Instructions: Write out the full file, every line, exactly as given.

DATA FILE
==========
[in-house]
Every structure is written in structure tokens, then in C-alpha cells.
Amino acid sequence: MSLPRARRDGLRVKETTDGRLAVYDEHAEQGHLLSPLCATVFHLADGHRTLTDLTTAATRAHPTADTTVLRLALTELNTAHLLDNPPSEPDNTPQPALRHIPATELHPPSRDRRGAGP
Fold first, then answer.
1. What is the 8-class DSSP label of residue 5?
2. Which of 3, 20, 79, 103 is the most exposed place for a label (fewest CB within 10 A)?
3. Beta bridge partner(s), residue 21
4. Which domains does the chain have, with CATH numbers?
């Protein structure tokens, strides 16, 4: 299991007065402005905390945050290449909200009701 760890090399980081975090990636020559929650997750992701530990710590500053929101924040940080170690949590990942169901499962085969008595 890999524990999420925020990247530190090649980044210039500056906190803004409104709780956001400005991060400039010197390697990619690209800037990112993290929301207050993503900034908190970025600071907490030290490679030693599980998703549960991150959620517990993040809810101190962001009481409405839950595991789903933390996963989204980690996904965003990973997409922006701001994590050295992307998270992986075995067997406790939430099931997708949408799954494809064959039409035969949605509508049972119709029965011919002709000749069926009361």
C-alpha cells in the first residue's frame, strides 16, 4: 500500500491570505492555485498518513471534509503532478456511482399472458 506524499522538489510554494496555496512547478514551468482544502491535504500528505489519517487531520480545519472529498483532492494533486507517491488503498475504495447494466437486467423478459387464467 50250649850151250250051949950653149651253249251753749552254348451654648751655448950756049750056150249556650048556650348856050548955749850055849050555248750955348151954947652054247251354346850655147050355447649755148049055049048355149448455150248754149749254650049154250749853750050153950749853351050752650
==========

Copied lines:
[in-house]
Every structure is written in structure tokens, then in C-alpha cells.
Amino acid sequence: MSLPRARRDGLRVKETTDGRLAVYDEHAEQGHLLSPLCATVFHLADGHRTLTDLTTAATRAHPTADTTVLRLALTELNTAHLLDNPPSEPDNTPQPALRHIPATELHPPSRDRRGAGP
Fold first, then answer.
1. What is the 8-class DSSP label of residue 5?
2. Which of 3, 20, 79, 103 is the most exposed place for a label (fewest CB within 10 A)?
3. Beta bridge partner(s), residue 21
4. Which domains does the chain have, with CATH numbers?
């Protein structure tokens, strides 16, 4: 299991007065402005905390945050290449909200009701 760890090399980081975090990636020559929650997750992701530990710590500053929101924040940080170690949590990942169901499962085969008595 890999524990999420925020990247530190090649980044210039500056906190803004409104709780956001400005991060400039010197390697990619690209800037990112993290929301207050993503900034908190970025600071907490030290490679030693599980998703549960991150959620517990993040809810101190962001009481409405839950595991789903933390996963989204980690996904965003990973997409922006701001994590050295992307998270992986075995067997406790939430099931997708949408799954494809064959039409035969949605509508049972119709029965011919002709000749069926009361």
C-alpha cells in the first residue's frame, strides 16, 4: 500500500491570505492555485498518513471534509503532478456511482399472458 506524499522538489510554494496555496512547478514551468482544502491535504500528505489519517487531520480545519472529498483532492494533486507517491488503498475504495447494466437486467423478459387464467 50250649850151250250051949950653149651253249251753749552254348451654648751655448950756049750056150249556650048556650348856050548955749850055849050555248750955348151954947652054247251354346850655147050355447649755148049055049048355149448455150248754149749254650049154250749853750050153950749853351050752650